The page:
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It's a gen 3 bike. I've dialed all the rebound and compression out. The bike needs a bit of force to turn.

I replaced the rear spring. It was slightly shorter than the standard one but I have good sag of 31mm. Front sag is 36mm.

The other option I'm looking at is dropping the fork tubes in case the slightly shorter spring has altered the ride height.
The shorter spring wont affect the overall length of the shock. The force of the spring will stretch the shock to it's full extension as long as you have preload on the shock (which is sounds like you do).

The turn in is generally not caused by improper damping settings, but by geometry issues. Geometry can be broken into two categories, static (ride height) and dynamic (spring rate and preload which determines where the suspension sits in the stroke). SO by your description the bike wont turn in on entry would suggest your bike is sitting a bit too high. Two options you could try would be take out some preload in the front (generally 2 turns will give you noticeable results either positive or negative) OR lower the front a few mm and see. Each has it's advantages and disadvantages and without knowing more info would be a good starting point for you.
 

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Discussion Starter #22
I don't believe it's tyre pressure related. I keep a very close eye on them but it's a possibility. I'm not suffering from hot or cold tears.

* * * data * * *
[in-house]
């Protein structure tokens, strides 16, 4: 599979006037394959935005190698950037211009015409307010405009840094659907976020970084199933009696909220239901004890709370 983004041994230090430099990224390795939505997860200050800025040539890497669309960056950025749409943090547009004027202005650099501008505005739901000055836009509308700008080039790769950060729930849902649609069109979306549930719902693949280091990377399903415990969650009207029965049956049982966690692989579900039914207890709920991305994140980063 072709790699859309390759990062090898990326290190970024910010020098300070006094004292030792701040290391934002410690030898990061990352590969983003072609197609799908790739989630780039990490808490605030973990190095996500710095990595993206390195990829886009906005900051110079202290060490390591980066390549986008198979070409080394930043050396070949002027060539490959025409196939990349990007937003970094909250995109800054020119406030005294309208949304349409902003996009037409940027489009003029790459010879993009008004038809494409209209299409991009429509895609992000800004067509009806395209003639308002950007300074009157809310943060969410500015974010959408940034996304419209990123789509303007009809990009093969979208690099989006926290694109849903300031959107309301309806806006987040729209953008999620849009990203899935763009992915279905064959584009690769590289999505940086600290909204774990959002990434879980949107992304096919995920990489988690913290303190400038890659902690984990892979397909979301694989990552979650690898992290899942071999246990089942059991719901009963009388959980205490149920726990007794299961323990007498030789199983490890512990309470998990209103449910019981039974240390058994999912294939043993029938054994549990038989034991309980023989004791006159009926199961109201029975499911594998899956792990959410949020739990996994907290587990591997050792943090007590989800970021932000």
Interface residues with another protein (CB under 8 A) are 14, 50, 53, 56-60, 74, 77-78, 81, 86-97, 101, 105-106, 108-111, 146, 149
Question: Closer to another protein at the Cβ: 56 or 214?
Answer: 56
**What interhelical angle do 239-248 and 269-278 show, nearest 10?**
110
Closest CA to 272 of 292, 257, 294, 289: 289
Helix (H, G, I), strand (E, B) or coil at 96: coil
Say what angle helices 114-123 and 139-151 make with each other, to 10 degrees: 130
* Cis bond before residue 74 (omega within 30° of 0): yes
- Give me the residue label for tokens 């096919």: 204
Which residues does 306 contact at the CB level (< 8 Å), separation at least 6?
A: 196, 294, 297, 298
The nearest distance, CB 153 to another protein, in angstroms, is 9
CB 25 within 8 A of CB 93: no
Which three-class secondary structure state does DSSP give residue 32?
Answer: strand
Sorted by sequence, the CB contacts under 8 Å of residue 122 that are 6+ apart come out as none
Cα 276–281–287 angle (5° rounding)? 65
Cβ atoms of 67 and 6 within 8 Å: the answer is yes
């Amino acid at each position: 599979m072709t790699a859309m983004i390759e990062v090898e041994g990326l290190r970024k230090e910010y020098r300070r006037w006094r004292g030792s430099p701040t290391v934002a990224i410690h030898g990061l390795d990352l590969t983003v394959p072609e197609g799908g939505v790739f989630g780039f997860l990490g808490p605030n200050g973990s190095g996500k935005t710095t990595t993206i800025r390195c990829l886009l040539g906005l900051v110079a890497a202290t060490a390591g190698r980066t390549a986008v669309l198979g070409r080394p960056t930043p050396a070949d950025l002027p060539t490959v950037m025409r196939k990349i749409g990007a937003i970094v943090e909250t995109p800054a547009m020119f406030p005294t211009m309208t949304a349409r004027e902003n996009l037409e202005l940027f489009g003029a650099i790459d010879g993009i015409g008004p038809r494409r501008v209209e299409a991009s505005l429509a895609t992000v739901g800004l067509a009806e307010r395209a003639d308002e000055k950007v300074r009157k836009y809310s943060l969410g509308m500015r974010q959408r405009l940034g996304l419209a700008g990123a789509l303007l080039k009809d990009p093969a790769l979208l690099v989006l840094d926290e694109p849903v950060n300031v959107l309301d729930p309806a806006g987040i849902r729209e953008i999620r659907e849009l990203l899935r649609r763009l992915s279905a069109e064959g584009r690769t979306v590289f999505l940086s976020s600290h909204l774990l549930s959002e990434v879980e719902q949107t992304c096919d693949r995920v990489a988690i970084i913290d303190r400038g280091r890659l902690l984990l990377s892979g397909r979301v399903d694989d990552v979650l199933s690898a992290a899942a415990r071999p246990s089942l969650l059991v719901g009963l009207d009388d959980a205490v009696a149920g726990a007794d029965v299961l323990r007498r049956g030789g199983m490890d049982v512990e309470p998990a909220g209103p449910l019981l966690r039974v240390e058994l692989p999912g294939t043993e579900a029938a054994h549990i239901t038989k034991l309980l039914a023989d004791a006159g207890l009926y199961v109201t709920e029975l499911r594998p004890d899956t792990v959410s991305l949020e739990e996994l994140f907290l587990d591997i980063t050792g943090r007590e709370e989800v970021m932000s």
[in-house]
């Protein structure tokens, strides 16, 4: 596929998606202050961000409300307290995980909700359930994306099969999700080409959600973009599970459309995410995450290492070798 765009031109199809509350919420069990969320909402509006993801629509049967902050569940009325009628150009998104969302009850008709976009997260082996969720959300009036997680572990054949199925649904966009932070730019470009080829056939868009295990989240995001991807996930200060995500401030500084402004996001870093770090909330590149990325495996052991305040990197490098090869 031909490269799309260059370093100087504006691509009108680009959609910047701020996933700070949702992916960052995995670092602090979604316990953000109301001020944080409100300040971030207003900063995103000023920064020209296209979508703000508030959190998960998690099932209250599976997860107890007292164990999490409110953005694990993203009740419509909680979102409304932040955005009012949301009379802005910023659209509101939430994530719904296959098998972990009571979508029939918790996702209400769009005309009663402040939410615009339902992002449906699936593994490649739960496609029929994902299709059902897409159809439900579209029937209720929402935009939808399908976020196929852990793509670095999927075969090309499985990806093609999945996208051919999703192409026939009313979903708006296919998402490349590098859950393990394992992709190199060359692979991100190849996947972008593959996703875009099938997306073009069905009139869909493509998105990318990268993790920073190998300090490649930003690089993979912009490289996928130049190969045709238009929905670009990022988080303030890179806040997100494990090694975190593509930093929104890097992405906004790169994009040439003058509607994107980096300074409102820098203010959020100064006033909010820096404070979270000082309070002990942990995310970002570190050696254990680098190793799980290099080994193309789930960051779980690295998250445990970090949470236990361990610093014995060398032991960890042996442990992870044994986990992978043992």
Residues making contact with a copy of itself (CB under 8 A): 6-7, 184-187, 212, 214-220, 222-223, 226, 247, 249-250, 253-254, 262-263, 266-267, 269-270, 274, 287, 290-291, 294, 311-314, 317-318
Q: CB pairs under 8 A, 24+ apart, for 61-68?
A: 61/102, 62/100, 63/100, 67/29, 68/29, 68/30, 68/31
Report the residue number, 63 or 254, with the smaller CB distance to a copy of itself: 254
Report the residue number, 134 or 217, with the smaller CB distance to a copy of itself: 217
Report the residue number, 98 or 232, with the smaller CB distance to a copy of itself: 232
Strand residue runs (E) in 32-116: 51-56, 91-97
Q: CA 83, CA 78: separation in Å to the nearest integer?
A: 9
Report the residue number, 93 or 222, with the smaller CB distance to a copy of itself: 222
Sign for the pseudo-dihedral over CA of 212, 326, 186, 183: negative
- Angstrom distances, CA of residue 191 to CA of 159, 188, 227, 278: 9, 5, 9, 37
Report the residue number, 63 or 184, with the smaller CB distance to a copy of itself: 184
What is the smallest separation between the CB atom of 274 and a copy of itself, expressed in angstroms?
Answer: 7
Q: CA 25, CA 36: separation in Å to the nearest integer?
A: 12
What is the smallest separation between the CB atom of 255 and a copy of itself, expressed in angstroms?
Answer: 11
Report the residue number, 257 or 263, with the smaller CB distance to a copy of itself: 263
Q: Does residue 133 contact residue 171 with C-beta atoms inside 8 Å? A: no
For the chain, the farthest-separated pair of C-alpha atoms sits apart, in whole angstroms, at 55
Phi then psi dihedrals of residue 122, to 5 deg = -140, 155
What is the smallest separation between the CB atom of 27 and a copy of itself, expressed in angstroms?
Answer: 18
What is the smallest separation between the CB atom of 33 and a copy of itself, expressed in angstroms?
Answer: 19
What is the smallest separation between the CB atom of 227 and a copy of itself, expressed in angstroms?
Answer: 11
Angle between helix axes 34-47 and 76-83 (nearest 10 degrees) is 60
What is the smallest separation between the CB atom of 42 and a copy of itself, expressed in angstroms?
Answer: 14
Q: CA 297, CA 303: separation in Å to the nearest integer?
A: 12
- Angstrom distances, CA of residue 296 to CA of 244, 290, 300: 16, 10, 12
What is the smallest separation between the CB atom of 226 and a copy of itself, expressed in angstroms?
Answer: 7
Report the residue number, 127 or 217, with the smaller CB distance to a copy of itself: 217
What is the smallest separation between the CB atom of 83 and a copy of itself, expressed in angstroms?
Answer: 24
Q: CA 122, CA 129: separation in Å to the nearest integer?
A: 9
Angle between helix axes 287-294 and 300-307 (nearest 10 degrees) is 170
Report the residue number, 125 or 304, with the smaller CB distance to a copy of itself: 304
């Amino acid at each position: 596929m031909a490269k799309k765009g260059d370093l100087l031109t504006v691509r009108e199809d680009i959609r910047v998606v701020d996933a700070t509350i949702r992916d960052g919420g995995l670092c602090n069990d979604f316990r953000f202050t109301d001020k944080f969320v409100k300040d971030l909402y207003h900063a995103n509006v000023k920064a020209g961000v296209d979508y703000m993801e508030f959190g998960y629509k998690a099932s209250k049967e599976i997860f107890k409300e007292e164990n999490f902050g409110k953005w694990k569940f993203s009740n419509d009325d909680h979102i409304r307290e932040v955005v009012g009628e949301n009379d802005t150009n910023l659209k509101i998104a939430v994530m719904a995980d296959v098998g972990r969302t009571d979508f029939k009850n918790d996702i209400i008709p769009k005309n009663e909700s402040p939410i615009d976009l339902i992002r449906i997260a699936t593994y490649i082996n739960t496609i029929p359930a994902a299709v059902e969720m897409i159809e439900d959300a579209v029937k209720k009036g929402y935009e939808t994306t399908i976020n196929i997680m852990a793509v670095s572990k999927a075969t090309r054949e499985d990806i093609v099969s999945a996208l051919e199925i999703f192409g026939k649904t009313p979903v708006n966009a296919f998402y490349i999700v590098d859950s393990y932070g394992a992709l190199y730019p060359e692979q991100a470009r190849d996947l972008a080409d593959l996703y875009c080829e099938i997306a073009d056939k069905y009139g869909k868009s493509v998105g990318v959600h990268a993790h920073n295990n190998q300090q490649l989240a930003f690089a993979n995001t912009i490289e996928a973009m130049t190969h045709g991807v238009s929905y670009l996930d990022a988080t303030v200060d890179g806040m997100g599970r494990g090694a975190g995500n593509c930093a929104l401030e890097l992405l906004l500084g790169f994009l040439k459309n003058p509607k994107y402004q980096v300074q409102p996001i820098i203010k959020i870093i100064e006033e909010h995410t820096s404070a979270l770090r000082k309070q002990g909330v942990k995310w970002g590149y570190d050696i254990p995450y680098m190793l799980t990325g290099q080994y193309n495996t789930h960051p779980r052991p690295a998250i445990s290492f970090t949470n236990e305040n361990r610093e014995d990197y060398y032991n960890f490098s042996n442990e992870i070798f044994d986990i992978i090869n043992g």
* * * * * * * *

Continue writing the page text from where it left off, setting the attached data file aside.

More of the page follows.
I've also dialed out all preload so that's not an option I'm afraid.
 

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Discussion Starter #24
I think I gave you some advice before on this, but I found raising the fork stanchions 5mm in the triple tree worked well for me.

You did! :thumbsup: The bike was laid up for over a year. I pulled it out last month and started to play with it again. On Friday I went back and reread those pms and saw your mention of 5mm. Saturday morning I raised them 5mm and it seems to have helped a lot. Had it on track on Sunday and it's made a huge improvement on the ability of the bike to turn.

Still not happy with the front end but I suspect ultimately it's a revalve.
 

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Discussion Starter #25
An update in case some one end up in a similar situation... removing a small amount of fluid is very easy. - remove the fork cam and slip a small tube into the fork and suck a little out.

Tiny amounts make a huge difference
 
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